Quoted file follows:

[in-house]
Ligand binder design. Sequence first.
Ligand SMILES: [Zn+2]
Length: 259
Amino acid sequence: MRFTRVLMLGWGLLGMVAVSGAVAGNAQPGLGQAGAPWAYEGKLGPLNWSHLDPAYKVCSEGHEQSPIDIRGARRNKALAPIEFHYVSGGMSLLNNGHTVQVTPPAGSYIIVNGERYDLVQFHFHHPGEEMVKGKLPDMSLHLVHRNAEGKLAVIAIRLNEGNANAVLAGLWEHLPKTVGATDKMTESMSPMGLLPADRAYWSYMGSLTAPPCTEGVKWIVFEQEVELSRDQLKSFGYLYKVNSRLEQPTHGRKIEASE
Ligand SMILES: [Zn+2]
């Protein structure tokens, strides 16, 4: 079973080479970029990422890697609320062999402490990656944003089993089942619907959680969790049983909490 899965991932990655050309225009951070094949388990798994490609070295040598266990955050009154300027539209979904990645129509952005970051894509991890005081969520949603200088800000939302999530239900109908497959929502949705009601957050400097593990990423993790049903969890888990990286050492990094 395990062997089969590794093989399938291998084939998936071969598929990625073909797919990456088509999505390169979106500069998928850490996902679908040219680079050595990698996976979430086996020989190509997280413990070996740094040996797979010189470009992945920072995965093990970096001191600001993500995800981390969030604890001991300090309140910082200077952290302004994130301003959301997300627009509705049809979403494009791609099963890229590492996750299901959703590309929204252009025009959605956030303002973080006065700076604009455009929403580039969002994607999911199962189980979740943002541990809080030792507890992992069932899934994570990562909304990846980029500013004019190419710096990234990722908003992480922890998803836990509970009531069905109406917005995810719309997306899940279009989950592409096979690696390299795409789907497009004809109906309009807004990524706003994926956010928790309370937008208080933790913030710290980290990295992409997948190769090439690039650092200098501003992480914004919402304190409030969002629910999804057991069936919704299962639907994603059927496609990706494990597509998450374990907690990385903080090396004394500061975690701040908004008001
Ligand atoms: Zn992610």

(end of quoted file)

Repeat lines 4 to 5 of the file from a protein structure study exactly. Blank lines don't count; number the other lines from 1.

Length: 259
Amino acid sequence: MRFTRVLMLGWGLLGMVAVSGAVAGNAQPGLGQAGAPWAYEGKLGPLNWSHLDPAYKVCSEGHEQSPIDIRGARRNKALAPIEFHYVSGGMSLLNNGHTVQVTPPAGSYIIVNGERYDLVQFHFHHPGEEMVKGKLPDMSLHLVHRNAEGKLAVIAIRLNEGNANAVLAGLWEHLPKTVGATDKMTESMSPMGLLPADRAYWSYMGSLTAPPCTEGVKWIVFEQEVELSRDQLKSFGYLYKVNSRLEQPTHGRKIEASE